Zombie rom-com ‘therapeutic’ for newly divorced Drew Barrymore
NEW YORK—We made Drew Barrymore wait for three minutes, and we thought she was going to eat us alive—literally.
Thank God Drew, who portrays a zombie wife and mother in Netflix’s acclaimed rom-com, “Santa Clarita Diet” (opposite Timothy Olyphant), wasn’t much into method acting at the time, or we wouldn’t have returned home to Manila unscathed.
OK, it was nobody’s fault our exclusive three-on-one interview with Drew, Timothy and “Santa Clarita’s” Emmy-nominated show runner Victor Fresco (“Better Off Ted,” “Mad About You,” “Alf”) at the Edition Hotel on Madison avenue was running late.
We were scheduled to meet the trio during the streaming network’s Q1 slate event on Feb. 9—but the winter storm that dumped massive piles of snow in New York that day was understandably slowing down some pre-scheduled events.
But doing the “Santa Clarita Diet” project was actually “therapeutic” for its 42-year-old star and coproducer the first time Victor pitched its hilariously farcical “left-of-center” rom-com to her.
The series’ 10-episode first season, which premiered on Feb. 3, follows realtors Joel and Sheila Hammond (Olyphant and Barrymore), a couple whose unconditional love for each other—and for their teen daughter, Abby (Liv Hewson)—is tested when Sheila is transformed into a zombie who reluctantly feeds on human flesh!
“I wanted to do a comedy that had life-and-death stakes to it,” Victor explained to the Inquirer. “I wanted to provide empowerment for people like Sheila, who needs to learn to coexist with the humans in her community. The flipside of that is narcissism. We live in a culture that [panders to self-entitled] people who want what they want whenever they want it—and stories about the undead feel like an appropriate metaphor for narcissism.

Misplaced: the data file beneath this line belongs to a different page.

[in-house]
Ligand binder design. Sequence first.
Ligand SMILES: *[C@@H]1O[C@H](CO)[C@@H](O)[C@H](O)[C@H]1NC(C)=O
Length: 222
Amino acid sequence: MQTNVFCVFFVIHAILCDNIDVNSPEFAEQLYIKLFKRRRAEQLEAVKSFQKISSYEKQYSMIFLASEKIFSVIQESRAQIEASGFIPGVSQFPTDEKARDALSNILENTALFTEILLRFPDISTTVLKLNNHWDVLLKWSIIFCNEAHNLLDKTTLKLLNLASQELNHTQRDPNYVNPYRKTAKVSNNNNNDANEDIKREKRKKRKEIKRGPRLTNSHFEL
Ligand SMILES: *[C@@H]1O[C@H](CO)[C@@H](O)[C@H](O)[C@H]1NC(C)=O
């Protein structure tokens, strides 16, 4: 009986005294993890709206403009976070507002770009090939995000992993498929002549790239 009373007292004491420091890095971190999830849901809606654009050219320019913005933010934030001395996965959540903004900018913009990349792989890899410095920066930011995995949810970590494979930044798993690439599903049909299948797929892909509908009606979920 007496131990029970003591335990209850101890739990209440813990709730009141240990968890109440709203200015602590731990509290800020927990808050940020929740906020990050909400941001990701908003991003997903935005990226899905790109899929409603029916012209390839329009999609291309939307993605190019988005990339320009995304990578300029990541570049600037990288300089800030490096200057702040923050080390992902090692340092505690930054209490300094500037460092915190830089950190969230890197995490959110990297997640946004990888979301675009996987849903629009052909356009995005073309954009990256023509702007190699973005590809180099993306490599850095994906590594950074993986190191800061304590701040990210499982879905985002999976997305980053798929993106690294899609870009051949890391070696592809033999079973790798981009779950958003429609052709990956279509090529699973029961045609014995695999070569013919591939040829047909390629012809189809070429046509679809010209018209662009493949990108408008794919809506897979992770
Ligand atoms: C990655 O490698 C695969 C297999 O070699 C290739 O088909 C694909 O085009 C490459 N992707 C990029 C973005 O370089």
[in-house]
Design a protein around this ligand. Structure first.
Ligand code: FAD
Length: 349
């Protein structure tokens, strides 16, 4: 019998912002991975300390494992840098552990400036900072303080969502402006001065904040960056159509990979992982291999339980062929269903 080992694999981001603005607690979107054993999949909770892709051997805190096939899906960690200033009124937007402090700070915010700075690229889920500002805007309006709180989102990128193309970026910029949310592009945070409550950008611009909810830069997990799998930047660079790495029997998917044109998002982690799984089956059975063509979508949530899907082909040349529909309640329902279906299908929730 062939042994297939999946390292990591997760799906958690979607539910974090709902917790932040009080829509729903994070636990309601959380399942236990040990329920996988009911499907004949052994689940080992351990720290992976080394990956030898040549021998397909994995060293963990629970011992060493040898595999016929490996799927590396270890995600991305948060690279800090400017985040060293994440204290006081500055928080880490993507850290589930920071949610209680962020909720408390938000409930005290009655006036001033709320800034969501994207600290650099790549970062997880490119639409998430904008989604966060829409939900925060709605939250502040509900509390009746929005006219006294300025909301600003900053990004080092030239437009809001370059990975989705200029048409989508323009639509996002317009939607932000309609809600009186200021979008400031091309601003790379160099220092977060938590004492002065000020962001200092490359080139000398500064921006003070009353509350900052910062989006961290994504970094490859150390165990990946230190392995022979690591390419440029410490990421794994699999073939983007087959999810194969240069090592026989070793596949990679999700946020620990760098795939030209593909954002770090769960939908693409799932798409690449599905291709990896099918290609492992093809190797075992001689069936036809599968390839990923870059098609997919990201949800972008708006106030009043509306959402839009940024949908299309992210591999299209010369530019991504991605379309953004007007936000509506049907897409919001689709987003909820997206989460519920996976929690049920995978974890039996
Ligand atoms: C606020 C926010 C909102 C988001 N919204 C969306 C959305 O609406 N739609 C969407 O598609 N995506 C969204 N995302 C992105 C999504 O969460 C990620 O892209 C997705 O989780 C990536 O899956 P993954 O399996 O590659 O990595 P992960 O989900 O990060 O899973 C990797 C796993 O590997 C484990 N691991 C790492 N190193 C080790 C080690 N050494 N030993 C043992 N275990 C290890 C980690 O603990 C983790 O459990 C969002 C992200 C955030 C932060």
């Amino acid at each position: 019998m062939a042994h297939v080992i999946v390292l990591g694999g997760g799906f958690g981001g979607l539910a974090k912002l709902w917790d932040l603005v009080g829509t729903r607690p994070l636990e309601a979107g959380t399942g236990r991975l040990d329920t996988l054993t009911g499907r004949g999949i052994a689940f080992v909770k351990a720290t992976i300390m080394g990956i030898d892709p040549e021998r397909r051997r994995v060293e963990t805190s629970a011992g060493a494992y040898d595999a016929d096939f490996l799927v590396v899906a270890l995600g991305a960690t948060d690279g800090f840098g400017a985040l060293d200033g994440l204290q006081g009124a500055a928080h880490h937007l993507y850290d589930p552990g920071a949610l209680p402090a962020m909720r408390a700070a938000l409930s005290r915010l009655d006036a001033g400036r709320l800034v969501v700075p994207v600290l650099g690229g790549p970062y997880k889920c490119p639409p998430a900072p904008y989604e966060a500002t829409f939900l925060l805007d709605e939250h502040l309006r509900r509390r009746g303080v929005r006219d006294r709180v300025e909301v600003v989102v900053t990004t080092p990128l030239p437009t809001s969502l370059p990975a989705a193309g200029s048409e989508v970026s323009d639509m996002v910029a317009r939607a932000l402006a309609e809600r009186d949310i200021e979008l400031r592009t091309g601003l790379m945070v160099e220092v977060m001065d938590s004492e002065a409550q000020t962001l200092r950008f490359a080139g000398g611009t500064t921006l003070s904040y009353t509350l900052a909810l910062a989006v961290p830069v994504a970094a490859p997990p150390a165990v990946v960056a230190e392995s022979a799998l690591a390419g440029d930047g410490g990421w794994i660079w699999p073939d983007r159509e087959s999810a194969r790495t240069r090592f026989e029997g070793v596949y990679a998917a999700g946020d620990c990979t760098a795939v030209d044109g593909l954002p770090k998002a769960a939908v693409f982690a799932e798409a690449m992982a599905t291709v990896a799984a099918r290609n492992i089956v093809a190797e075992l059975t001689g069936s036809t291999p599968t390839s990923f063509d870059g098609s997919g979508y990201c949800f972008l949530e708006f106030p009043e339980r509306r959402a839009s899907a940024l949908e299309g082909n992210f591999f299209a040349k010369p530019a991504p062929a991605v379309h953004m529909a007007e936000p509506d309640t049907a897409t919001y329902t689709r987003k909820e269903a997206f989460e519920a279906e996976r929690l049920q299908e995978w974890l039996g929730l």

“What I love about Tim and Drew is that they never ‘push’ to get a joke. They don’t ‘violate’ a character, which we see a lot of in comedy—because of the perpetual pressure to be extra-funny. For Sheila’s character, I wanted an actress viewers would root for, and Drew fits the bill.”
Timothy interjected, “Yes, you put as much blood on Drew, and she’d still be adorable.”
For Drew, acting in the series wasn’t just a way to “vent.” To simulate ingesting human flesh and blood, she had to munch dehydrated apples, edible rubber that tasted like Jolly Rancher, wet cake, soup that had gone bad (to look like curdled vomit), fake raw beef, etc.—a “fun” but less-than-delectable cornucopia of culinary “treats!”
More than that, however, the series provided a much-appreciated distraction from her then disintegrating four-year marriage to art consultant Will Kopelman, with whom she has two daughters: Olive, 4, and Frankie, 2. (The couple’s divorce was finalized on Aug. 3 last year.)
“I wanted to do this show because I was trained in the ‘E.T.’ world of [sci-fi] filmmaking in the ’70s and ’80s, when it was easier for viewers to relate to the stories being told,” Drew said. “I don’t want to watch something that is so farfetched that I can’t connect to it emotionally. But aliens, vampires and zombies that come to your backyard are a different matter altogether.
“In ‘E.T. the Extra-Terrestrial’ (the 1982 Steven Spielberg classic that catapulted the actress to stardom—at age 6), the huge theme revolves around [the tale of] a divorced single mom. On the other hand, ‘Santa Clarita’ is about the challenges married people go through. Both stories are about families trying to figure out how to make difficult situations work.
“Then, there’s my personal life. I was at a really low point in my life when I read the ‘Santa Clarita’ script, and it made me laugh and feel something. It took me out of my own world, which wasn’t super-pleasant at the time—and I thought, ‘Maybe other people would also want to be temporarily taken out of their unpleasant situations.